Re: Jefferson Presents...#80

From: Sandra Maliga (email suppressed)
Date: Fri Jun 15 2007 - 19:44:50 PDT

in what city?


On Jun 15, 2007, at 6:30 AM, ADAM ABRAMS wrote:

> Jefferson Presents...#80
> Sat. 05/23/07, 9:00PM
> $5, $4 Students
> Garfield Artworks, 4931 Penn Ave.
> Bruce Baillie
> Mass For The Dakota Sioux (1964) 16mm, black and white, sound, 20.5
> min
> Synopsis: The film begins with a short introduction--No chance for
> me to live, Mother you might as well mourn Sitting Bull Hunkpapa
> Sioux Chief. Applause for a lone figure dying on the street.
> INTROIT. A long, lightly-exposed section composed in the camera.
> KYRIE. A motor cyclist crossing the San Francisco Bridge
> accompanied by the sound of the Gregorian chant, recorded at the
> Trappist Monastery in Vina, California. The sounds of the mass rise
> and fall throughout. GLORIA. The sound of a siren and a short
> sequence of a '33 Cadillac proceeding over the Bay Bridge
> disappearing into a tunnel. The final section of the Communion
> begins with the OFFERTORY in a procession of lights and figures to
> the second chant. The anonymous figure from the introduction is
> discovered again, dead on the pavement. The body is consecrated and
> taken away past an indifferent, isolated people, accompanied by the
> final chant. The Mass is traditionally a celebration of life; thus
> the contradiction between the form of the Mass and the theme of
> Death. The dedication is to the religious people who were destroyed
> by the civilization which evolved the Mass.
> Quixote (1965) 16mm, color & b/w, sound, 45 min
> Climaxing the film makers first period of work, QUIXOTE is a kind
> of summary and conclusion of a number of themes, etc., especially
> that of the hero... depicting Western orientation as essentially
> one of conquest. The film is conceived in a number of different
> styles and on a number of simultaneous levels. In four parts, one
> reel. "More relevant than ever, Bruce Baillie's 'American
> Symphony' ... released in 1990 via an S-VHS master." -- Frankfurter
> Zettung "American as conquistador ...." -- P. Adams Sitney "--
> quixotic filmmaker become the hero of his own film." -- S. Frey One-
> year journey through the land of incessant progress, researching
> those sources which have given rise twenty years later to the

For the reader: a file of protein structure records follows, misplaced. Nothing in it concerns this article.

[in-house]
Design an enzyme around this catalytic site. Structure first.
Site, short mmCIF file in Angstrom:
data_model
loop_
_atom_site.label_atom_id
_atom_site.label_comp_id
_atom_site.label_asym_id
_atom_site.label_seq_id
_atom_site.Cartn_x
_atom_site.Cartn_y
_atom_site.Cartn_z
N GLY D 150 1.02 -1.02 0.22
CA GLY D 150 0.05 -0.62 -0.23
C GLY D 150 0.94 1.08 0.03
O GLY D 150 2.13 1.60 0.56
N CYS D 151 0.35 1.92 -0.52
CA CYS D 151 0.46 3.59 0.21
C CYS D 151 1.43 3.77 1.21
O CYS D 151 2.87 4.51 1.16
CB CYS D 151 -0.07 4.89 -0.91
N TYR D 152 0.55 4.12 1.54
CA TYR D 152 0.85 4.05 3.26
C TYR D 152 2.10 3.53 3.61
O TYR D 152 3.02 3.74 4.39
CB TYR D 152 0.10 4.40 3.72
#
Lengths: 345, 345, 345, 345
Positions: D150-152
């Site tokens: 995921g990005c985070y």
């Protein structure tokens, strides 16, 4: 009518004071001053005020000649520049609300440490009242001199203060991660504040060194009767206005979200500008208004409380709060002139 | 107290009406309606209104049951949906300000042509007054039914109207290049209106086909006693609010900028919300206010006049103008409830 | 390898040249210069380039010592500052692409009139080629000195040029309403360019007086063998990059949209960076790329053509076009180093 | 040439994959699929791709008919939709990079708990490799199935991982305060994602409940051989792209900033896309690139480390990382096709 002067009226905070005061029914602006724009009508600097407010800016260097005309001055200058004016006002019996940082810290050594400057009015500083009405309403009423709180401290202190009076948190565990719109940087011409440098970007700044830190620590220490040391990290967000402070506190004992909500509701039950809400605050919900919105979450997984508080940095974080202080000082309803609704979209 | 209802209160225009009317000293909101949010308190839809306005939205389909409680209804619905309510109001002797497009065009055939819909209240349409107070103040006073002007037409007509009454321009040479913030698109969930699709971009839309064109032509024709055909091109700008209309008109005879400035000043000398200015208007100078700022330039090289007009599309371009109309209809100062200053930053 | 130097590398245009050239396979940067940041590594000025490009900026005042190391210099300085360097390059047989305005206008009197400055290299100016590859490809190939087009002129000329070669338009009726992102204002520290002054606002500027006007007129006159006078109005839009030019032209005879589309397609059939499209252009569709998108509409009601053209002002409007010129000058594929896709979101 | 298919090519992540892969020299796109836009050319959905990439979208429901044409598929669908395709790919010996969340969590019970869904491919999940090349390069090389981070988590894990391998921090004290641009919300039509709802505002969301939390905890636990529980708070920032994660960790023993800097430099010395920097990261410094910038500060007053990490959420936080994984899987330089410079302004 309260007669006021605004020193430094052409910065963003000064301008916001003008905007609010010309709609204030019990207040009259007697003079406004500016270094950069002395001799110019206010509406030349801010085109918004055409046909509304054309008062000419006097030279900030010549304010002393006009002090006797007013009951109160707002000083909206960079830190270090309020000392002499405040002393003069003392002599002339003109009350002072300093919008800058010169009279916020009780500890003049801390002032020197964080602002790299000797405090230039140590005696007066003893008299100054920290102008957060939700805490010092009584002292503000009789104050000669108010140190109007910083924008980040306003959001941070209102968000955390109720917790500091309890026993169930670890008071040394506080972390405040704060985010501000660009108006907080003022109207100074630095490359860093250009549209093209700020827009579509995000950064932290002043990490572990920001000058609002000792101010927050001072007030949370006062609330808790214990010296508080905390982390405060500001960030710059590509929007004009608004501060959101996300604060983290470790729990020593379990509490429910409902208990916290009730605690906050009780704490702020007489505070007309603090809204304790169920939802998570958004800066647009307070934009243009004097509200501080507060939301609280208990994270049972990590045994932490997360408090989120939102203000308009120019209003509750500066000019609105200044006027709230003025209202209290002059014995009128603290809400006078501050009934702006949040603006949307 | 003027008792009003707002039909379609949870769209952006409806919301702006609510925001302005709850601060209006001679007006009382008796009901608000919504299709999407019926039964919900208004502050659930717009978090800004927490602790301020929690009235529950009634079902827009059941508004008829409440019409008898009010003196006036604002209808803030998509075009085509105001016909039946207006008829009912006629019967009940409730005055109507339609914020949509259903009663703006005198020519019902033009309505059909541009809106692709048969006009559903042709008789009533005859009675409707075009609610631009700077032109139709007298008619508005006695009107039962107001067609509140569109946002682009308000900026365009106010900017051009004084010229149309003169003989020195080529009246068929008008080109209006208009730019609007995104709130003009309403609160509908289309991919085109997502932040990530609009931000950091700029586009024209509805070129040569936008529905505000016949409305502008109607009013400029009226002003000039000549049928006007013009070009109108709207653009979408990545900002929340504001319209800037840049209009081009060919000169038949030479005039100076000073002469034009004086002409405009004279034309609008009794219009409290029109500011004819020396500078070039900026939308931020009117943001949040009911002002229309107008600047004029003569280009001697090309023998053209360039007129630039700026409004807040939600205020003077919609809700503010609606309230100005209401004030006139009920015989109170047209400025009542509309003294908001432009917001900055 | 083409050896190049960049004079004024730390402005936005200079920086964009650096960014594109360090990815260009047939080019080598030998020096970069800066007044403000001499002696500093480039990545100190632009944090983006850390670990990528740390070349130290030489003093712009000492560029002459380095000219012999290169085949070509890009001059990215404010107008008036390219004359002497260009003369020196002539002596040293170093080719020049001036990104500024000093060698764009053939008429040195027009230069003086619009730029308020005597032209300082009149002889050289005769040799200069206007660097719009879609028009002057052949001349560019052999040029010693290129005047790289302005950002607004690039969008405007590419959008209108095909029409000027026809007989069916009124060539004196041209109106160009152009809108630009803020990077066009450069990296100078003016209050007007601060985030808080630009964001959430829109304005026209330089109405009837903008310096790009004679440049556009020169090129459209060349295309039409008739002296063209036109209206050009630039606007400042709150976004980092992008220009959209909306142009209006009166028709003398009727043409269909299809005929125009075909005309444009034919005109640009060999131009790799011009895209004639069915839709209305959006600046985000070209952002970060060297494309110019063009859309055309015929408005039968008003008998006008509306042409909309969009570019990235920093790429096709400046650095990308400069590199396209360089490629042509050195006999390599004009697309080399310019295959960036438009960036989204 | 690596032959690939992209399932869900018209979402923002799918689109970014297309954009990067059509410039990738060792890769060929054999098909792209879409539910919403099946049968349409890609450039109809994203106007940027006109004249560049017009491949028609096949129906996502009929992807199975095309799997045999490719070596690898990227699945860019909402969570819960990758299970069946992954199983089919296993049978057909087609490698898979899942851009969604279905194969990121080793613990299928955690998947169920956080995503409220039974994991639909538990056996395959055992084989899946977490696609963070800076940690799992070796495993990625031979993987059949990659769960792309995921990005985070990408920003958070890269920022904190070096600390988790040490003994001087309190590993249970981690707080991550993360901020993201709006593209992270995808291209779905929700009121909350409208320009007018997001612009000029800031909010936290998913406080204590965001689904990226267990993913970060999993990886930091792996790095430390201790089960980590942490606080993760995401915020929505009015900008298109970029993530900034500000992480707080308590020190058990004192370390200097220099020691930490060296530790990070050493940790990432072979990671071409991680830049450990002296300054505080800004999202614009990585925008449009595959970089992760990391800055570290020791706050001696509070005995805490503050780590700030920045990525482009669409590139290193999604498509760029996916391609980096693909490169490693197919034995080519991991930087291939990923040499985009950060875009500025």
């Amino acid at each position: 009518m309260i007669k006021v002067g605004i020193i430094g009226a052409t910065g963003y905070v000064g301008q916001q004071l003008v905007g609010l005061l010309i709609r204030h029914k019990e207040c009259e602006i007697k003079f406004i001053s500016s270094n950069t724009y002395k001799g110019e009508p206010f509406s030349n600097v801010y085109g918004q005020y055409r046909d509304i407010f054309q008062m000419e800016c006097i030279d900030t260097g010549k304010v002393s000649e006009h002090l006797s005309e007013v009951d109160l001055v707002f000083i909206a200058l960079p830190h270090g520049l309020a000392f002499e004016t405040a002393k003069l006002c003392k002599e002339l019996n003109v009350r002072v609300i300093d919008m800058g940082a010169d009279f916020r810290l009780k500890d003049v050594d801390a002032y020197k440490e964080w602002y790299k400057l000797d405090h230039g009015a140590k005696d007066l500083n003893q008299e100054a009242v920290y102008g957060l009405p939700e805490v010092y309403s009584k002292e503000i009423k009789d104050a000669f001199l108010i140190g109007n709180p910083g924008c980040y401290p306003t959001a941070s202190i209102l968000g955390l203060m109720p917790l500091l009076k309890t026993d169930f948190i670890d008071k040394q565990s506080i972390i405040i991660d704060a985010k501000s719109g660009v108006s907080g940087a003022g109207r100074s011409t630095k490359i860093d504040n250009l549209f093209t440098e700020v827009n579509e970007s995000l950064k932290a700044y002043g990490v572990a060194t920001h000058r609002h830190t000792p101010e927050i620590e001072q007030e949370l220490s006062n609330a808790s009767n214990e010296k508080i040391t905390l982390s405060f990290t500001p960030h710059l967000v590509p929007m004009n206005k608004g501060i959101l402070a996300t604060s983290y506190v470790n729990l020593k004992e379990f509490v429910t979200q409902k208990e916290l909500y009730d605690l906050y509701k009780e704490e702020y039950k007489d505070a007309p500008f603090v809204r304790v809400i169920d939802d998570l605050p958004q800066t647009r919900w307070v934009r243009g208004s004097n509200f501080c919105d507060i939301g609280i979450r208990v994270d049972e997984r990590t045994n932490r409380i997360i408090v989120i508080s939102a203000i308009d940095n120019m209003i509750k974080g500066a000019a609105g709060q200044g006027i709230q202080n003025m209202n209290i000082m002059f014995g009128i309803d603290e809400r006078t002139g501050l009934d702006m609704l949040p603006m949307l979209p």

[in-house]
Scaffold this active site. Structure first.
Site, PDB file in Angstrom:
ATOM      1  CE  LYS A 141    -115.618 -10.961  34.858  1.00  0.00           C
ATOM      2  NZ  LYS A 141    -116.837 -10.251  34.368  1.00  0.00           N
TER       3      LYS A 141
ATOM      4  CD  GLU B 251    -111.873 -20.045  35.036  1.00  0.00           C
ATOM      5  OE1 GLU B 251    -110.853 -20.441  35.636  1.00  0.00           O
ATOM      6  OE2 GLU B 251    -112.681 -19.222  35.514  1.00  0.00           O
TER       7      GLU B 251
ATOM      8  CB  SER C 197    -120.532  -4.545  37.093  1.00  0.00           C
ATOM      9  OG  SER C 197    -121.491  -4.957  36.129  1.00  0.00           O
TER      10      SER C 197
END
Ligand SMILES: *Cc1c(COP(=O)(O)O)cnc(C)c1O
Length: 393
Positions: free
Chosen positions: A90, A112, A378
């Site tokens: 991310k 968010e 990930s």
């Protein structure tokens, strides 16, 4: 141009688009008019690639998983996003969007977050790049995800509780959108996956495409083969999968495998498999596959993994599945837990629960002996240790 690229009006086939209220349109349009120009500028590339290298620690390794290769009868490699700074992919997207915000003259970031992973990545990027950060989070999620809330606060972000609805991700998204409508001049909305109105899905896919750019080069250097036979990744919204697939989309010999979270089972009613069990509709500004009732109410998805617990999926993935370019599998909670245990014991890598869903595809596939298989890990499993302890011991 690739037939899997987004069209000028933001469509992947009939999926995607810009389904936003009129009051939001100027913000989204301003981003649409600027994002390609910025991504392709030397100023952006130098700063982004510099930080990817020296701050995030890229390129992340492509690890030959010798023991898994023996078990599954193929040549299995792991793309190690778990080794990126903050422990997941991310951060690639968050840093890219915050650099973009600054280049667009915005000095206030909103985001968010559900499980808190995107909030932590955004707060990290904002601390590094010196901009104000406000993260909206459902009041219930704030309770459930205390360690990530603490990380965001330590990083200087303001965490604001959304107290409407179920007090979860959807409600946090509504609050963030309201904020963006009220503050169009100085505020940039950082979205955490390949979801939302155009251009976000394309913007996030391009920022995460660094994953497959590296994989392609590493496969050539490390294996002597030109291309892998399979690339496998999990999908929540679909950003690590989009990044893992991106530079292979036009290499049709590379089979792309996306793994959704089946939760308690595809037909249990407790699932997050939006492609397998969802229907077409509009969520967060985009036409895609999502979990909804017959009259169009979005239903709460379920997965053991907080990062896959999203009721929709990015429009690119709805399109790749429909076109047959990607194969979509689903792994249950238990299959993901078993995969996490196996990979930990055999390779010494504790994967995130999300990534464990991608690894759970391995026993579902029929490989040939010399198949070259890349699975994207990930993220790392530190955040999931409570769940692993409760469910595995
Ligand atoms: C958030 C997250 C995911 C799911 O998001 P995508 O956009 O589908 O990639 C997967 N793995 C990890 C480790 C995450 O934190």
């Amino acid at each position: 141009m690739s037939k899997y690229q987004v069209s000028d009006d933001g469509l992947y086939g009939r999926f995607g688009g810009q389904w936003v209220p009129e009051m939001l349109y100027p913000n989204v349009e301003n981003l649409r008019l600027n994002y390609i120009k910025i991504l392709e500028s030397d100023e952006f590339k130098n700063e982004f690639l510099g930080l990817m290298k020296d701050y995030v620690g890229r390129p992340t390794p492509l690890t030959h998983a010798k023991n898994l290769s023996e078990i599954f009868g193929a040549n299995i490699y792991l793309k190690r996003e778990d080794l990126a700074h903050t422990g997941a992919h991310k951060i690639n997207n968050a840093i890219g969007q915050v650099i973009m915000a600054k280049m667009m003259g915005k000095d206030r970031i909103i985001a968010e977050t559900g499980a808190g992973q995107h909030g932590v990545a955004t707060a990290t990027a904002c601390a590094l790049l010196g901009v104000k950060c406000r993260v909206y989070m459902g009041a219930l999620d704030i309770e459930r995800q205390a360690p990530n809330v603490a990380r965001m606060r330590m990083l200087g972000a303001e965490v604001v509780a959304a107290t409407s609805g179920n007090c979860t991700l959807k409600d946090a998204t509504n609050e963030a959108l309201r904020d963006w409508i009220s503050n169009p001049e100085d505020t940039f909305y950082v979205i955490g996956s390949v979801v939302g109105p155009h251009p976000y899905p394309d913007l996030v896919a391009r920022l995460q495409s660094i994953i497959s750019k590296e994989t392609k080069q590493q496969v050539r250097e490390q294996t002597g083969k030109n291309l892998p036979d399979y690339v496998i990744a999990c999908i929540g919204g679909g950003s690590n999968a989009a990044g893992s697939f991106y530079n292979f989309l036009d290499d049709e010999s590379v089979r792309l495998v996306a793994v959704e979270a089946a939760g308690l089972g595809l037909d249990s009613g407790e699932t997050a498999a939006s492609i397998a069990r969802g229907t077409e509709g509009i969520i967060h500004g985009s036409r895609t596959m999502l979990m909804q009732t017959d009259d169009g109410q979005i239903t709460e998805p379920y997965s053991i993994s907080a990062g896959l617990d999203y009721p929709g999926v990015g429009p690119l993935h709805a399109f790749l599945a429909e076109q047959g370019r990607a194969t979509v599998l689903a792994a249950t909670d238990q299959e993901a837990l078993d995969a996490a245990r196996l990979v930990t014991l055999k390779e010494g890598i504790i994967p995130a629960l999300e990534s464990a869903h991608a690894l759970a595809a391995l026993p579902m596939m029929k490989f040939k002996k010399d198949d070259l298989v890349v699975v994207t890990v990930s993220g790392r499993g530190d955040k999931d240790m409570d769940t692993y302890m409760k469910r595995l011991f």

> essential question of survival.
> Rudolph Burckhardt
> Caterpillar (1973) 16mm, color, sound, 6 min
> Looking down at nature's small works in the woods of Maine, the
> straight up at the sky, then down again at the going-on of an inch
> worm. It could happen any day.
> David Devensky
> Beethoven's Chicken (1970) 16mm, color, sound, 6.5 min
> "... consists of chickens being butchered and hung out on meat
> hooks, to the accompaniment of the Fifth Symphony. As the film
> progresses, the imagery mutates from nearly documentary to nearly
> surreal. An eyeball-clashing scene recalls "Chien Andalou" yet
> Devensky holds it on-screen much longer than Dali and Bunuel.
> Finally a chickens' skull is pounded to bits by a hammer. And each
> time we think (or wish) the final blow has fallen another follows.
> The camera peeks all the while and one is uncertain of what is more
> disquiting - the action on the film, or ridged stare of the camera.
> --Richard Koszarski, New York American
> Robert Rayher
> A Man in the Box (1978) 16mm, color, 7.15 min
> "Rather than looking outward, and creating a spherical universe
> around itself (e.g. Michael Snow's LA REGION CENTRAL) , the camera
> is introspective, defining itself by how it 'sees the world'; it
> never sees anything but itself. A MAN IN THE BOX is a camera's
> photographic memory, trying to focus upon its own image." R.R.
> Kathrin Resetarits
> Egypt (1997) 16mm, black and white, sound, 10 min
> Subtitled print.
> Joyce Wieland
> Catfood (1968) 16mm, color, sound, 13 min
> "In CATFOOD she shows a cat devouring fish after fish for some ten
> minutes. There seems to be no repetition of shots, but the imagery
> is so consistent throughout--shot of the fish, the cat eating, his
> paw clawing, another fish, the cat eating, etc.--that it is just
> possible theat shots are recurrent, There is no question but that
> Wieland has a unique talent." P. Adams Sitney, Film Culture "J.W.'s
> CATFOOD is as uncompromising and didactic as anything by Godard"
> The New Yorker
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> __________________________________________________________________
> For info on FrameWorks, contact Pip Chodorov at <email suppressed>.

For info on FrameWorks, contact Pip Chodorov at <email suppressed>.